From Birch Gold Group
As we discussed in a recent post, the state of affairs for public pensions across the country is a poor one, to say the least. Several states are dealing with severely insolvent plans – meaning they’re not in a position to pay out the promised benefits to pension holders, and there’s no new money coming into the system to bridge the gap.
Now, news of a $1.9 trillion shortfall across the entire public pension system is sparking new worries. And even worse, the strategies being used by government officials to stop the bleeding could end up costing you money.
The Facade is Crumbling
Although it’s tempting to believe that this issue doesn’t affect those who don’t rely on a public pension, that’s not really true. The overarching effect of a crumbling pension system on the economy at large cannot be overstated. If these pensions collapse, it could mean serious trouble not just for pension holders, but for the rest of us too.
“If there’s a real storm cloud on the horizon, then this is it,” said Dan Heckman, a senior fixed-income strategist at U.S. Bank Wealth Management, which oversees $133 billion. “The municipal-bond market at some point in time down the road will suffer from concerns over this level of underfunding. This is going to continue to be a source of problems for many municipalities, both at the state and local level.”
Put simply, there’s nothing keeping this crisis from spilling over into the rest of the economy – and once the contagion starts, it’s going to be tough to stop.
Robbing Peter to Pay Paul (Spoiler Alert: You’re Peter)
It seems that public officials are ready to do anything necessary to keep these pensions from caving in on themselves, even if that means engaging in some questionable tactics.
For instance, Chicago officials are already dipping into taxpayers’ piggy banks by raising the cost of public utilities, hoping to scrape together whatever money they can to support these failing pensions. But according to Bloomberg, it’s a last ditch effort that’s likely to fall short:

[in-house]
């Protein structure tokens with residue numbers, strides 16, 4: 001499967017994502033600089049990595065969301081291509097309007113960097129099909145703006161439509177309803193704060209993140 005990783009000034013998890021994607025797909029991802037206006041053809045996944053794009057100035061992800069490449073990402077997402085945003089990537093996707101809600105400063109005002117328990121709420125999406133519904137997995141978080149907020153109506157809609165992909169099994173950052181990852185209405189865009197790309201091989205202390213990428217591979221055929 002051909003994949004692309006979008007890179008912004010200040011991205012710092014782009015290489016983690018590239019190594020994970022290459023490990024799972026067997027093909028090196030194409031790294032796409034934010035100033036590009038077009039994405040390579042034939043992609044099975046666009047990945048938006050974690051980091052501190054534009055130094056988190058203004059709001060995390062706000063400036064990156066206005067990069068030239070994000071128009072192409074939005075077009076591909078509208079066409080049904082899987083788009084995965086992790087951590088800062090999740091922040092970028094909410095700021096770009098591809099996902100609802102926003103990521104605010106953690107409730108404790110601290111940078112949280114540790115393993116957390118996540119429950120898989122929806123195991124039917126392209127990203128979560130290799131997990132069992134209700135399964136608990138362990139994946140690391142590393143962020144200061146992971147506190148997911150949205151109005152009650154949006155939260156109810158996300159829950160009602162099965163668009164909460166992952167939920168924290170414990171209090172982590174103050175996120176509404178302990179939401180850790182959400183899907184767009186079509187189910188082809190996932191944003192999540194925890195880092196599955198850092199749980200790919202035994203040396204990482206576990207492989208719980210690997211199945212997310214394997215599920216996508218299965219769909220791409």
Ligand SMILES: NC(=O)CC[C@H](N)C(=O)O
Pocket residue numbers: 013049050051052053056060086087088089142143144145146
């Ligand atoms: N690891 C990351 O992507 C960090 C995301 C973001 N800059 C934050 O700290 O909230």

Mayor Rahm Emanuel last week pushed a plan through the city council to raise water and sewer levies to fund the municipal workers’ pension, its most underfunded. Chicago will now pay about $2 billion more to that pension than previously planned over the next six years.
But that doesn’t take into account the impact if investment performance falls below target. The municipal fund assumes returns of 7.5 percent, while only earning 1.8 percent in the year ended in December, according to actuaries. That’s left it at risk of running out of money, despite the injection of taxpayer money.
“If markets are flat or negative in upcoming years, we will continue to lose principal at a double-digit rate,” Jim Mohler, executive director of the fund, told lawmakers in Chicago on Monday. “The projected insolvency for the fund will escalate.”
Government leaders are grasping at straws here. Even if Rahm Emanuel’s plan to reach into citizens’ pockets to cover pension shortfalls works for a little while (and that’s a big “if”), he can’t keep gouging the people of Chicago through water and sewer levies forever. Eventually, they’ll get wise to his game, pack up, and leave for greener (less expensive) pastures.
How long until other officials around the country start using the same tricks as Rahm Emanuel?
Guarding Your Retirement, Pension or Not
Now could be a very smart time to start thinking about allocating a portion of your savings to something that the government can’t monkey with. Whether you have any of your nest egg in a pension or not, this issue is liable to have a serious impact on your savings, proving there’s never been a better time to seek safe haven options for your hard-earned money.
If you want to take complete control of your financial security and keep the pension shell game from cutting into your wealth, precious metals could be the perfect solution.